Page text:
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Ask Me Anything - Accounting, Tax or Regulatory Compliance for the Cannabis Industry in California

This came about after some discussion…

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I know that 280E is a pretty sore sticking point for most cannabis professionals. What businesses can claim exemptions from 280E, which cannot?

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Well said Jordan,

I do find it interesting that schedule 2 also falls under this yet I have never heard of a pharmacy that sales Vicodin or any of the others on that list as being subject to 280E.

There is really no exemption from 280E when it comes to cannabis – it is just a matter of documenting what and why you choose to put something in COGS.

For those who registered but couldn’t make the class I will be sending out a recording next week.

Thanks

Cyndi Finkenbinder, CPA

970-344-7298

www.alphaomega-acct.biz

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Cindy,

Your question is a good one, and the answer is as follows:

When a pharmacy sells anything that is Schedule 2, with a prescription it is a legal sale and by definition not subject to IRC Sec. 280E.

If the pharmacist or an employee to divert the Schedule 2 narcotics and make an illegal sale to someone without a prescription, by definition that would be subject to IRC Sec. 280E.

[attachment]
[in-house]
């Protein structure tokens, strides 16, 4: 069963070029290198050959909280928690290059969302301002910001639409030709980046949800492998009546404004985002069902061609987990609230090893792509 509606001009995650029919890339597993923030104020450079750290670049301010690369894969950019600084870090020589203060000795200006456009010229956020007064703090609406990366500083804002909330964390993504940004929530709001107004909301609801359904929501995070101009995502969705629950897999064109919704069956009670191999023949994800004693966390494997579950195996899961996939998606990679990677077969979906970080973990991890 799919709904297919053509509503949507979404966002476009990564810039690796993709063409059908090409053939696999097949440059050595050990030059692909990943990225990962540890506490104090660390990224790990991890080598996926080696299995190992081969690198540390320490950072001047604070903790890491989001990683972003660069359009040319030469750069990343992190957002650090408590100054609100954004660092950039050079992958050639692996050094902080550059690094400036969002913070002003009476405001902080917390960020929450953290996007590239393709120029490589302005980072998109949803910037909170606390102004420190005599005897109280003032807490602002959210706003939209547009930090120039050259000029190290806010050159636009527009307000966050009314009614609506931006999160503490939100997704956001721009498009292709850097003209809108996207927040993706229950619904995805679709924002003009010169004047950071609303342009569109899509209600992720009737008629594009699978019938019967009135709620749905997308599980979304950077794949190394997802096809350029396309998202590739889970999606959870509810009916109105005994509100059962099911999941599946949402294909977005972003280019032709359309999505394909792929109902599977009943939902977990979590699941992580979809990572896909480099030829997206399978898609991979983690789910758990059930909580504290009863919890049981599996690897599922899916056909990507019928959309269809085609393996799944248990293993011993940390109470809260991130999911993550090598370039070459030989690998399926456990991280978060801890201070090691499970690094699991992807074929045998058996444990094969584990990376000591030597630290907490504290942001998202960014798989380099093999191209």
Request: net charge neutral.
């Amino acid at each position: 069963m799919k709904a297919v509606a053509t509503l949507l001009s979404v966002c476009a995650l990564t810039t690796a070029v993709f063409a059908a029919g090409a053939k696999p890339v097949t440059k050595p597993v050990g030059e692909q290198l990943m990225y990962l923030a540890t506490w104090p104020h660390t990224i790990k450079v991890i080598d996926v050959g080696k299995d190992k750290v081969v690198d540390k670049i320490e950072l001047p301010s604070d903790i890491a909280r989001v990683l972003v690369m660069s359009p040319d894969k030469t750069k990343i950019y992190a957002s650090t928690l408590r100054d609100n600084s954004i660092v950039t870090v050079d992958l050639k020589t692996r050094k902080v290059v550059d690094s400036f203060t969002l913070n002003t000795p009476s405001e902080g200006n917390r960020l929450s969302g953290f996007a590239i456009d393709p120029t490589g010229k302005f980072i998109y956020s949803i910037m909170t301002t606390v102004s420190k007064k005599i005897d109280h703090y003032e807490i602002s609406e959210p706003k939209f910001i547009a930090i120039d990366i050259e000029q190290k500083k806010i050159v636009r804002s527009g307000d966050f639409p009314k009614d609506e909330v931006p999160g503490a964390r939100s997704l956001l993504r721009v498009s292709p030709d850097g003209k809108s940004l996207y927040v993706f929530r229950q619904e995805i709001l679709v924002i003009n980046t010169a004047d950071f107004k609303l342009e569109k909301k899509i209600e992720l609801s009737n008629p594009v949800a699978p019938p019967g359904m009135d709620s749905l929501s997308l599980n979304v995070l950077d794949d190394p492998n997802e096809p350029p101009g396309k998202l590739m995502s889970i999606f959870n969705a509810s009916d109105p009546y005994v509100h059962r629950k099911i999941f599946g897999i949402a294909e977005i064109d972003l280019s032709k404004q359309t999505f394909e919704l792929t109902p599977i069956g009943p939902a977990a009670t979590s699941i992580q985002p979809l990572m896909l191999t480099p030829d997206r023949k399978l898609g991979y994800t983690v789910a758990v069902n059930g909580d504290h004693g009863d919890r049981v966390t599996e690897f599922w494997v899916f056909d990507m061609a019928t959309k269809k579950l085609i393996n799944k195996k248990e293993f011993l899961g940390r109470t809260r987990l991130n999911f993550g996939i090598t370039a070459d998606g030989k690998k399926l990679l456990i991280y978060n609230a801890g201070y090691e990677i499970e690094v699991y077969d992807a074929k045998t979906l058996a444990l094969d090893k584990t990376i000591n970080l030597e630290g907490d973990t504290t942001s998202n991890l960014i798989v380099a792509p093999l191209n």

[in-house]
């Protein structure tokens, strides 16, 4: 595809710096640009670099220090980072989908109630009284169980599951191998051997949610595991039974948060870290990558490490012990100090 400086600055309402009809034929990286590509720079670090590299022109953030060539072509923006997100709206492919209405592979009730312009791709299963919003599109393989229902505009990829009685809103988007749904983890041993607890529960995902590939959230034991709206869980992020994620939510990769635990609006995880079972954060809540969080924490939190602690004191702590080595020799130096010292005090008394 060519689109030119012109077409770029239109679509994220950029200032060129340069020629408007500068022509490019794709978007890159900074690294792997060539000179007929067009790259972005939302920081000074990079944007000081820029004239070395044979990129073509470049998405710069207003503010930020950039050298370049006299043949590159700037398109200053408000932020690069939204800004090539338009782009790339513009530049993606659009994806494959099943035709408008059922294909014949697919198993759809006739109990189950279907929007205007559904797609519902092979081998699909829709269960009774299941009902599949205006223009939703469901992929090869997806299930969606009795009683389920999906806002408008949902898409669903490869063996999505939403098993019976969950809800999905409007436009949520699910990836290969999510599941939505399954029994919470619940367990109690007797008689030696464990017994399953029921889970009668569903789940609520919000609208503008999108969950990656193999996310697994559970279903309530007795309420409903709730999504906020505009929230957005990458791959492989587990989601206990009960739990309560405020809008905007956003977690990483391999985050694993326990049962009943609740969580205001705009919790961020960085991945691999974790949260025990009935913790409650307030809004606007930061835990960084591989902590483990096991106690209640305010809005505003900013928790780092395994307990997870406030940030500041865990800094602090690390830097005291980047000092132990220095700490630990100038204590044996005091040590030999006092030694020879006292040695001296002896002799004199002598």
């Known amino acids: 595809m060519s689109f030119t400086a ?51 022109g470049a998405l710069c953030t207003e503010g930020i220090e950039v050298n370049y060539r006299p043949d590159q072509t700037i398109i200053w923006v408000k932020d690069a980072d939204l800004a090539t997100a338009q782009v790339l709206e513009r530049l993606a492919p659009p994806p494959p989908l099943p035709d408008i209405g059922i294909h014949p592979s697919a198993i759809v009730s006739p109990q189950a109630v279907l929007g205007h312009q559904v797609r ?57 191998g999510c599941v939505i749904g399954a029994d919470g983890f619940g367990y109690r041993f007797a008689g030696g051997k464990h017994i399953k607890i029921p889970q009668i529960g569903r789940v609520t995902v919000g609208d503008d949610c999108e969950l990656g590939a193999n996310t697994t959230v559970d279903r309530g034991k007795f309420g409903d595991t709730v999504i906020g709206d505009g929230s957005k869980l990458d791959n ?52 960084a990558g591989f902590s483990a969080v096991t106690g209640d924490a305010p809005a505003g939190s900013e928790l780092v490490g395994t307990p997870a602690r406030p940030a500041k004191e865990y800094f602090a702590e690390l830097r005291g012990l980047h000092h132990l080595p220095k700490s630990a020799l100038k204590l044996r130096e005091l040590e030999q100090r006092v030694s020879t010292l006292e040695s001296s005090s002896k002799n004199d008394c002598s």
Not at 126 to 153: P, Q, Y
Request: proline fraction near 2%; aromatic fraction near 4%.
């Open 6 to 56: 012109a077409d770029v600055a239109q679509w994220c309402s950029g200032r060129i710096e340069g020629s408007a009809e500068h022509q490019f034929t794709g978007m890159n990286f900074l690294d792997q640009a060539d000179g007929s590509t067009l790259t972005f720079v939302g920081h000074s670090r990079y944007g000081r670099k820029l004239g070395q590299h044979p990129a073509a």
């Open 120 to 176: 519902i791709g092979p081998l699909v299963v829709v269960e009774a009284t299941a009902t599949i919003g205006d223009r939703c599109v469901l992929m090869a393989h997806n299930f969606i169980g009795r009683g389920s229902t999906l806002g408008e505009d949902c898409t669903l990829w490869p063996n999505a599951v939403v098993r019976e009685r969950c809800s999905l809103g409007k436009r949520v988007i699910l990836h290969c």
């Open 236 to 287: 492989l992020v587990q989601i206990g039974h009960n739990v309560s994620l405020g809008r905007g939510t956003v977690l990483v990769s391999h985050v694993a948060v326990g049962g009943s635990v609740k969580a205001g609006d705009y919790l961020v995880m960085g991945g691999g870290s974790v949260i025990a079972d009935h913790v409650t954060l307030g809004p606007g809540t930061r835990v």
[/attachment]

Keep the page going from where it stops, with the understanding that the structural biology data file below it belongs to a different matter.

If DEA were to take cannabis off of Schedule 1 and move it to Schedule 2, than sales or medical or adult use would be legal sales and NOT subject to IRC Sec. 280E.

That raises the truly difficult questions:

What happens if DEA doesn’t take cannabis off of Schedule 1 and Congress passes a law saying that DEA will be “hands off” in states where cannabis is legal for medical or perhaps even adult use. My sense is in that situation there is a reporting position for Federal tax purposes that if the Feds say hands off, and it is legal in a state that IRC Sec. 280E should not apply certainly for medical and maybe for adult use.

The actual language in IRC Sec. 280E states “prohibited by Federal law or the law of any State in which such trade or business is conducted” which is disjunctive. Meaning that prohibited by EITHER. Notice what would happen if the OR was an AND.

The law is clearly continuing to evolve in this area.

Hope your webinar went well.

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Hunter,

If you ask anyone that has dealt with IRC Sec. 280E there are a couple of points that come across loud and clear.

The provision is incredibly complex and if there is one general rule, that would be that there is no general rule that I can articulate without some background. Even within our own materials, there are different ways to explain the provision.

Perhaps the most important background document that one needs to understand is the IRS Chief Counsel Memorandum which addresses How does a taxpayer trafficking in a Schedule I or Schedule II controlled
substance determine the cost of goods sold (“COGS”) for the purposes of §280E of the Internal Revenue Code (“Code”)? Which is CCM 201504011, which is a MUST READ to understand the background in this area.

The first items we have made available concerning IRC Sec. 280E include

I trust this may not be as satisfying as a two-word answer, but it is the starting point for jumping into this area.

@AlphaOmegaAccounting has a listing for a seminar on IRC Sec. 280E which would be a great way to start learning about IRC Sec. 280E.

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